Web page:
Applying this definition to TA, the argument is that the only reason TA ever works is because enough people believe in it to make it work. And concurrently, suggesting that making money on TA success is not based on scientific achievement, but rather good fortune that self-fulfilling prophecies exist to turn your failed projections into profitable outcomes. If your investing or trading world centers on the primary objective of making as much money as possible as efficiently as possible, this thinking, in a word, is asinine. I’ll let you look up that definition on your own. We only know of self-fulfilling prophecies because enough scientists over time observed, hypothesized and tested the implications of this psychological human phenomenon to validate their existence. Of course, you could argue that the self-fulfilling prophecy is also a result of pseudoscience, and only exists because enough psychologists believed in its existence and sought out experimental results to support their beliefs so they could write compelling academic papers and make billions of dollars conveying its impact to the world. However, that argument sounds like an endless progression of circular thinking that is way more difficult to wrap your mind around than the possibility that TA is a real thing. Before you start in on that circle, consider this dictionary definition of circular: “(of an argument) already containing an assumption of what is to be proved, and therefore fallacious.” Sounds kind of like self-fulfilling prophecy, right?
Step back from the circle (or is it out of the circle?) and let’s focus again on making money; the goal of TA is to identify predictable patterns to improve accuracy in investing. If those predictable patterns in securities exist partly or entirely due to the self-fulfilling prophecy, that does not take away from the existence of the predictable patterns. A patterned response to a pattern is, in and of itself, still a pattern. Thus, if you can say that a projected trading outcome (say an entry or exit) is more likely than not to achieve accuracy with TA, whether the self-fulfilling prophecy is involved or not, it seems logical to rely on it as part of your strategy, and to declare it as valid as the science that led to the formulation of the self-fulfilling prophecy construct.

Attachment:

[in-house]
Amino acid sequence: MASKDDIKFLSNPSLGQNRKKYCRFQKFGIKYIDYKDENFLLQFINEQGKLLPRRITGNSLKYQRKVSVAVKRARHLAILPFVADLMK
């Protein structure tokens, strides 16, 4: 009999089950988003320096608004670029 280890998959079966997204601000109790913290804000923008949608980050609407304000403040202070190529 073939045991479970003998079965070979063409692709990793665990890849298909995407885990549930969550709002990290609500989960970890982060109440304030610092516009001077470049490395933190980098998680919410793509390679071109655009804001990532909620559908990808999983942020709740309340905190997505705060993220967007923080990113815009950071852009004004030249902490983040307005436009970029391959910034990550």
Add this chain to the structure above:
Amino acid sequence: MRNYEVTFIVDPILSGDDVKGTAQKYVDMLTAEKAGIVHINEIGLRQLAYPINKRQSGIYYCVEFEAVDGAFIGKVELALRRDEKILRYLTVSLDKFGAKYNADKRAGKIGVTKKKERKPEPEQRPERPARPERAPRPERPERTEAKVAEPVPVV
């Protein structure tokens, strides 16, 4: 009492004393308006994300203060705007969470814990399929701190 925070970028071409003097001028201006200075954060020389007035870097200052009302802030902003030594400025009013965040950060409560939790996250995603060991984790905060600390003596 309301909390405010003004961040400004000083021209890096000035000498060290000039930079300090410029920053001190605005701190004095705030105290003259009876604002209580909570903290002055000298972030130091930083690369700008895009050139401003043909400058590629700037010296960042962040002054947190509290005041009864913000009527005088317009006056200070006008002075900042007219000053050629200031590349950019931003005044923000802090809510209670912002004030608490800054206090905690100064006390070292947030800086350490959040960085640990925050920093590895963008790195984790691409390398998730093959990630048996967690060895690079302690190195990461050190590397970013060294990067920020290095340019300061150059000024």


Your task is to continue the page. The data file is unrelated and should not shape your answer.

The Final Word and the Decision for Technical Analysis
Technical analysis is real; or it is at least real as any other form of science. You don’t have to use it, like it, trust it or care about it. However, many of the most successful and accomplished investors across all securities use it and swear by it.
Despite what others might tell you, buying into TA does not mean you cannot trust and and utilize fundamental analysis, human intuition and other forms of due diligence. In fact, I believe the greatest accuracy in investment projections comes from a combination of effectively applied research methods. Scientists in any field can attain the greatest data reliability and predictable accuracy when multiple experimental methods produce the same or similar findings. For this reason, multiple forms of investment analysis and multiple methods, tools and TA theory application are ideal if you want to ever achieve the most reliable entry and exit projections with your investing. Why leave your money decisions to chance when you don’t have to?
If you aren’t already convinced about the merits of technical analysis in your investment strategy, stay with me for a while. I am 100-percent confident that over time, I can provide you with enough anecdotal evidence of the predictive power TA offers in security patterns and trends that any reasonable observer would lose all doubt.
Whether you are a relative newcomer and want to continue this journey toward understanding technical analysis, or you have the basics down and are already a “pseudo-believer” in TA or beyond, subscribe at the “Elite” level to gain access to some of the most advanced, innovative and radical ideas in TA available to the public. You also gain access to discussions with other skilled and engaged investors and traders who want to learn and grow with each other with a “Community Membership.”